Filed under: book reviews, short stories | Tags: 20th century irish literature, commitments, demographics, deportees, ireland, irish literature, jimmy rabbitte, metro eireann, paddy clarke ha ha ha, quotes, roddy doyle, short stories, woman who walked into doors
I mentioned this book some months ago when I first heard it was coming out, and I was absolutely thrilled. There are few authors that I wait in anticipation for more books, but Doyle is definitely one of them. I first was introduced to his works through the film adaptation of his book The Commitments and also had his The Woman Who Walked Into Doors assigned for a 20th Century Irish Literature course. Since then I have delved into other novels such as Paddy Clarke Ha, Ha, Ha and I have always left impressed and wanting more Doyle.
In his foreword, Doyle reflects on the old and new Ireland and how much the demographics have changed over the past few decades. For once it seems that Ireland has more immigrants than emmigrants. Doyle reflects that, “In 1986, I wrote The Commitments. In that book, the main character, a young man called Jimmy Rabbitte, delivers a line that became quite famous: –The Irish are the niggers of Europe. Twenty years on, there are thousands of Africans living in Ireland and, if I was writing that book today, I wouldn’t use that line.”
The Deportees and Other Stories is an amazing collection of stories and almost all revolve around the idea of “Someone born in Ireland meets someone who has come to live here.” Doyle is a great writer and I have always enjoyed his narrative and descriptive style, but perhaps my favorite part of this collection is the wide array of stories. Often in collections by a single author the stories can become unfortunately tedious and melt into each other. Ideally, it is not best to try and ingest this kind of collection all at once. However, Doyle’s stories have a diverse array including a horror story, a reappearance of Jimmy Rabbitte, a family story, teenagers being arrested, etc. While a common theme pervades the stories they each have wonderfully unique qualities.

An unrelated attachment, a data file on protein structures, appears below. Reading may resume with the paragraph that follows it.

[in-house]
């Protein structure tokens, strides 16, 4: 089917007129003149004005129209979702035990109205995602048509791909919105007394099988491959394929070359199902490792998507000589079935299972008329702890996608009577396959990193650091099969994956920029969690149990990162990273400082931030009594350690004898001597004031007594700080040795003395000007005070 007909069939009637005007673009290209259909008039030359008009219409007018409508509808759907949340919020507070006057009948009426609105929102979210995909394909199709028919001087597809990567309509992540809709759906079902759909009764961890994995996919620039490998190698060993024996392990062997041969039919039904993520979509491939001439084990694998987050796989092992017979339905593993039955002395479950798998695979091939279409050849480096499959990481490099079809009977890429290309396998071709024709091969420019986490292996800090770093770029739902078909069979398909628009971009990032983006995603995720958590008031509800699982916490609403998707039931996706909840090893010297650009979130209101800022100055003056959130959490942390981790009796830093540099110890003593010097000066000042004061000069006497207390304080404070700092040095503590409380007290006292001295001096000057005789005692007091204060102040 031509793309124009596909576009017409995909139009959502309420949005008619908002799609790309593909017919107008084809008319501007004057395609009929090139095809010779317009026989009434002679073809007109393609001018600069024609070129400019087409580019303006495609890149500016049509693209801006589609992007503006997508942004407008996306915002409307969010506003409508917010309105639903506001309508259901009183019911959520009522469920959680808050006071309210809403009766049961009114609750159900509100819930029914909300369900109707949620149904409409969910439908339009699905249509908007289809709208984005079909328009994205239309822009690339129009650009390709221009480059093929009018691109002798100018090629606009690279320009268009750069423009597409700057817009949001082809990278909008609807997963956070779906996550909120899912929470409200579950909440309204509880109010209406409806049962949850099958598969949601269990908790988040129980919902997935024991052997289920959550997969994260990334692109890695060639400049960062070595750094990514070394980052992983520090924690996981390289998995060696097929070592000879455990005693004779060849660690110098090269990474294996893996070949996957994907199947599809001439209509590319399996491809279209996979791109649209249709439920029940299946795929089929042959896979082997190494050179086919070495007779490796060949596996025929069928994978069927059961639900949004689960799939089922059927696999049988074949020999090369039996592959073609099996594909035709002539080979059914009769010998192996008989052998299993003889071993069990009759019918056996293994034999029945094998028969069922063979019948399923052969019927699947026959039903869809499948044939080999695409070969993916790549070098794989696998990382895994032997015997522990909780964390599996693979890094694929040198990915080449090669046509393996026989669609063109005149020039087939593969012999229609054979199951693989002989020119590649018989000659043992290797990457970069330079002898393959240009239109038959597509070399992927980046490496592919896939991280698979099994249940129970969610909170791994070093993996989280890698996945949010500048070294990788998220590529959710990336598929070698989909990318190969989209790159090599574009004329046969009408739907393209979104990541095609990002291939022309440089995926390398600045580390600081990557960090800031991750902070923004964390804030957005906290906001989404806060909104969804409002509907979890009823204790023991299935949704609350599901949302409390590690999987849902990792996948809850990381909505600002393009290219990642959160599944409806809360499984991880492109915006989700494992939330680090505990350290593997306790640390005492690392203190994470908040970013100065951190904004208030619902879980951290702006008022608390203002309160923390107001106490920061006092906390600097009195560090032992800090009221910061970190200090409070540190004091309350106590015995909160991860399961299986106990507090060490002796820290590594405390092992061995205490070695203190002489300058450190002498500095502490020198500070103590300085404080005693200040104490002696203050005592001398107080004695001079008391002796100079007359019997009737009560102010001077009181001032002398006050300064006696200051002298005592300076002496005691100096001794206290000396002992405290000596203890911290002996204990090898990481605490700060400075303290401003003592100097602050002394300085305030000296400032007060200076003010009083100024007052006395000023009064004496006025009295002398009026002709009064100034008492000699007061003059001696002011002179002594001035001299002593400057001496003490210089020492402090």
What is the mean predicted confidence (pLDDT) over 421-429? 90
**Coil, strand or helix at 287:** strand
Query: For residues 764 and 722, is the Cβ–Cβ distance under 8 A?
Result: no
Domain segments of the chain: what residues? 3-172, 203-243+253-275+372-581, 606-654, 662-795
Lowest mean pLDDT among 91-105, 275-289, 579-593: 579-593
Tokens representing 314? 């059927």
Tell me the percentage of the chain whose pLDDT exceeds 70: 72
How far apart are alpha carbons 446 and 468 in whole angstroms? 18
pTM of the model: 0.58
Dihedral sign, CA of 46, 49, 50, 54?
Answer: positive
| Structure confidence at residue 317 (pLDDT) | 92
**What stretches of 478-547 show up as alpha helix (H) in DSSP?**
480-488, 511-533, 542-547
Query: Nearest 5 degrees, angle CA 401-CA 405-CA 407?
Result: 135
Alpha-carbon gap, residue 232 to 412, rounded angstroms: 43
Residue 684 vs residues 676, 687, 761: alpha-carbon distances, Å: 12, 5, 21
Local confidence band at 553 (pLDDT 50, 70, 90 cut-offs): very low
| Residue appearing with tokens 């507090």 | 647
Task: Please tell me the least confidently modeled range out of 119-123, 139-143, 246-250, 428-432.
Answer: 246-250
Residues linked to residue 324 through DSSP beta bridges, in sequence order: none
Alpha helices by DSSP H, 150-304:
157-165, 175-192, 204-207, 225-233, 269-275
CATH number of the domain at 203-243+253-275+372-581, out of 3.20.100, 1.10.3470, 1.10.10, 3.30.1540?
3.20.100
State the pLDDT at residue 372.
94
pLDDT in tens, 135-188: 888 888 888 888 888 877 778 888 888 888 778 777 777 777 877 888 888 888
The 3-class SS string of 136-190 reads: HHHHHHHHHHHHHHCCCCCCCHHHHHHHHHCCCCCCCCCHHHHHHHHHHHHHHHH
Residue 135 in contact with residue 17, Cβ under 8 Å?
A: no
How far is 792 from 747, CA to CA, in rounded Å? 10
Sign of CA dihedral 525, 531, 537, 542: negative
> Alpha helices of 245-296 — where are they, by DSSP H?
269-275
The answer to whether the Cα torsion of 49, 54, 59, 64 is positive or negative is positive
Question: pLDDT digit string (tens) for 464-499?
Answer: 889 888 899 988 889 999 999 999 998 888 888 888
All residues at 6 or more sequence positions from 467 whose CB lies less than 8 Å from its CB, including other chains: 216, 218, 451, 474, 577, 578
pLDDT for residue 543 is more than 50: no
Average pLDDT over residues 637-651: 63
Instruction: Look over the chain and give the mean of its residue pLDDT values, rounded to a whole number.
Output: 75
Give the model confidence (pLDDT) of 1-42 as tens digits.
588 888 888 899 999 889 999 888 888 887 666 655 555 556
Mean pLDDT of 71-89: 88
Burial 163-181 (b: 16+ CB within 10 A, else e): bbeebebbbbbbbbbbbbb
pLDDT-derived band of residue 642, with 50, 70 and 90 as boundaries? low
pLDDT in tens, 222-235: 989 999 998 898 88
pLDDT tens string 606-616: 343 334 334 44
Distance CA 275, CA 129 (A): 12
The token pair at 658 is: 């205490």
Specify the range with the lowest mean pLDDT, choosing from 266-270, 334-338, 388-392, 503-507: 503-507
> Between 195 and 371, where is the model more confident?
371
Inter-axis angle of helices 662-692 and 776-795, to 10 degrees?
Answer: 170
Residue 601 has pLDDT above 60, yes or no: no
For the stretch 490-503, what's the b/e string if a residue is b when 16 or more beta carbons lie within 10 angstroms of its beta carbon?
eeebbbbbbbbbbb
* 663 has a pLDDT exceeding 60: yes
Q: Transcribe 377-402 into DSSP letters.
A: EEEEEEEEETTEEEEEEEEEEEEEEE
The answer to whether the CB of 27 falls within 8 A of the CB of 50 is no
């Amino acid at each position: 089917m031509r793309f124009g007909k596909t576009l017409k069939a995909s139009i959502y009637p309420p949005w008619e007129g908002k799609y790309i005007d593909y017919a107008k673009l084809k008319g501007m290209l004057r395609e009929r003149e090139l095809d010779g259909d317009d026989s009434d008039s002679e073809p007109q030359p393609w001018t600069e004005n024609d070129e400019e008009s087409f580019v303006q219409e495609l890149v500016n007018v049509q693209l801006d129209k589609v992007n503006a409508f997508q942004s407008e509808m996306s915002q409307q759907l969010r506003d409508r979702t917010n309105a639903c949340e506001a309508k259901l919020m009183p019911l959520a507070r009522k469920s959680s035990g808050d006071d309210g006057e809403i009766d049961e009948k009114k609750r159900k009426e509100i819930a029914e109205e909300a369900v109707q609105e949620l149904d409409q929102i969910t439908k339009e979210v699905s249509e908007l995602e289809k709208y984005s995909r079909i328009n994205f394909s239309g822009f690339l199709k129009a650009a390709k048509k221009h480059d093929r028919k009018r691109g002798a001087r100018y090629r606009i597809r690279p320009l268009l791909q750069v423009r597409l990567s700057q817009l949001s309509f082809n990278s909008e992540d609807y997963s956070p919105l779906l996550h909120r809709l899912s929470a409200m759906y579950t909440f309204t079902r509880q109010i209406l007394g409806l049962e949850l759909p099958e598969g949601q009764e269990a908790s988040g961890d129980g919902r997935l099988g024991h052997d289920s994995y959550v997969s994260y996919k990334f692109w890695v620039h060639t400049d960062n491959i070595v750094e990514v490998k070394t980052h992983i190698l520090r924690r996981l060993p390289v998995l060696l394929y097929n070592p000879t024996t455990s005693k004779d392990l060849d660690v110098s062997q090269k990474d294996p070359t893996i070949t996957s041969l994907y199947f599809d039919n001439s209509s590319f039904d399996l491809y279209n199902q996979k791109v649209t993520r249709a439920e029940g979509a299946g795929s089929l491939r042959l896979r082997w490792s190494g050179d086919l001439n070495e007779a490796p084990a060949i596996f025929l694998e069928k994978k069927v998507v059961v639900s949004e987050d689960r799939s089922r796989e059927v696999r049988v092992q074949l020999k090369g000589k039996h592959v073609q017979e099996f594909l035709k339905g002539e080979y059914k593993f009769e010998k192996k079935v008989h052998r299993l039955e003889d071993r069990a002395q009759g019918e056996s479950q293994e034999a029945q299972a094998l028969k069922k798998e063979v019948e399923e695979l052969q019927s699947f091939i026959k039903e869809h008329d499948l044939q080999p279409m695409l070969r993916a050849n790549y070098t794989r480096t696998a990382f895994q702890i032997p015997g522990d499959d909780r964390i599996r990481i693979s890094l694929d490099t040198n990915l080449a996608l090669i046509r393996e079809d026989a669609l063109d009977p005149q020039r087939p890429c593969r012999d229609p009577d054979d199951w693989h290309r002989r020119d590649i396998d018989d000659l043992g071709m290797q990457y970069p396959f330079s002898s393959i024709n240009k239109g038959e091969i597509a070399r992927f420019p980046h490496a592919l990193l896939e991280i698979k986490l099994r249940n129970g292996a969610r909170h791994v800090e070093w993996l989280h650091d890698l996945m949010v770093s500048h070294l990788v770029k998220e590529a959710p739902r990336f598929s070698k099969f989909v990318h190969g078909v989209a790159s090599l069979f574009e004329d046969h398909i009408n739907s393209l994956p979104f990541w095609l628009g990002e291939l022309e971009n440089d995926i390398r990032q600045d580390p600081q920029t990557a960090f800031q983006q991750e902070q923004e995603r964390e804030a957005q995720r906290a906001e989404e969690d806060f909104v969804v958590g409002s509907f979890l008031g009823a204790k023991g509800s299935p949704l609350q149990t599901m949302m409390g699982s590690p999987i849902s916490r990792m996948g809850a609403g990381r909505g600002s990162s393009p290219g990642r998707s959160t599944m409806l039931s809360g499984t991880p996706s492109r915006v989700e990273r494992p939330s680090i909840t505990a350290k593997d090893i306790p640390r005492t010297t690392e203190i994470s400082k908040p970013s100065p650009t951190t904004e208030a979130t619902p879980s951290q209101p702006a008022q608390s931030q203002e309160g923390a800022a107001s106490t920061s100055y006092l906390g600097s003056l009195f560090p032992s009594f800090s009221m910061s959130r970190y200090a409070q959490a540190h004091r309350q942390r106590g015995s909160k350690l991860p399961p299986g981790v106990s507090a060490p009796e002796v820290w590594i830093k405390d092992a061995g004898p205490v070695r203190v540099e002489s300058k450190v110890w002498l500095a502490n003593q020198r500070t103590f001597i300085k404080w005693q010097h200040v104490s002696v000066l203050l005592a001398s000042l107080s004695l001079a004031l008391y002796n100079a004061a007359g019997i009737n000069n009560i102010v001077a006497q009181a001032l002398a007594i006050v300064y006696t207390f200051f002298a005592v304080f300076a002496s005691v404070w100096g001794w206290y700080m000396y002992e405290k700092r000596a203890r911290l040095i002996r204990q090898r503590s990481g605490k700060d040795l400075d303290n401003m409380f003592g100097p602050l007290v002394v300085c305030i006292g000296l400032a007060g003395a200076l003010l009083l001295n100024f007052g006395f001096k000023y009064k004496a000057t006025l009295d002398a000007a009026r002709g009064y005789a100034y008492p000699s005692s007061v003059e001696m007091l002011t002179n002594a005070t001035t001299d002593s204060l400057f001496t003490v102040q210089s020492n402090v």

I will say my favorite story had to be the one horror story in the collection – “The Pram.” A story of a Polish woman who has been “imported” as a childminder. No one from the parents to the children are particularly kind to her and after a particularly cruel and embarrassing exchange between Alina, the minder, and O’Reilly, the mother, Alina decides to take her revenge.
This is a lovely collection and met every anticipation I had for it.